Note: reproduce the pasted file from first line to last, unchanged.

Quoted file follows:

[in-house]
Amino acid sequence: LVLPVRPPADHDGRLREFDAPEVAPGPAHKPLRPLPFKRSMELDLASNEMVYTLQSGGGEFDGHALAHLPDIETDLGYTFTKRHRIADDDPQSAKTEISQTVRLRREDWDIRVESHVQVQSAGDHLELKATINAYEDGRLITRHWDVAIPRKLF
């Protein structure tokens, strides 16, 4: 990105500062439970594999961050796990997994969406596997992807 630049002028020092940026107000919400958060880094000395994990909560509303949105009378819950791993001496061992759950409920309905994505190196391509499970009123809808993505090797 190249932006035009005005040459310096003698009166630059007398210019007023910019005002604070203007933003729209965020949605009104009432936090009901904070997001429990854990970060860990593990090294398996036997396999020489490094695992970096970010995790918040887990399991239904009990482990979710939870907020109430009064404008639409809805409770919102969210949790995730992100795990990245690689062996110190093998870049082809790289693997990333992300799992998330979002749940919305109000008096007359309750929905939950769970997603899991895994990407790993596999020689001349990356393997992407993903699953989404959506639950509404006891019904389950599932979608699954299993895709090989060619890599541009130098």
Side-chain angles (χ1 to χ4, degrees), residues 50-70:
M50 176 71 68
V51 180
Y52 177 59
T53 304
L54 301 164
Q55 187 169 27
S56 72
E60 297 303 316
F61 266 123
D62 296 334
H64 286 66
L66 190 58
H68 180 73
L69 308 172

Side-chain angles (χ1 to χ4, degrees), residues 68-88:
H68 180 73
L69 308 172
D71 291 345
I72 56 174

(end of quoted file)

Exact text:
[in-house]
Amino acid sequence: LVLPVRPPADHDGRLREFDAPEVAPGPAHKPLRPLPFKRSMELDLASNEMVYTLQSGGGEFDGHALAHLPDIETDLGYTFTKRHRIADDDPQSAKTEISQTVRLRREDWDIRVESHVQVQSAGDHLELKATINAYEDGRLITRHWDVAIPRKLF
């Protein structure tokens, strides 16, 4: 990105500062439970594999961050796990997994969406596997992807 630049002028020092940026107000919400958060880094000395994990909560509303949105009378819950791993001496061992759950409920309905994505190196391509499970009123809808993505090797 190249932006035009005005040459310096003698009166630059007398210019007023910019005002604070203007933003729209965020949605009104009432936090009901904070997001429990854990970060860990593990090294398996036997396999020489490094695992970096970010995790918040887990399991239904009990482990979710939870907020109430009064404008639409809805409770919102969210949790995730992100795990990245690689062996110190093998870049082809790289693997990333992300799992998330979002749940919305109000008096007359309750929905939950769970997603899991895994990407790993596999020689001349990356393997992407993903699953989404959506639950509404006891019904389950599932979608699954299993895709090989060619890599541009130098």
Side-chain angles (χ1 to χ4, degrees), residues 50-70:
M50 176 71 68
V51 180
Y52 177 59
T53 304
L54 301 164
Q55 187 169 27
S56 72
E60 297 303 316
F61 266 123
D62 296 334
H64 286 66
L66 190 58
H68 180 73
L69 308 172

Side-chain angles (χ1 to χ4, degrees), residues 68-88:
H68 180 73
L69 308 172
D71 291 345
I72 56 174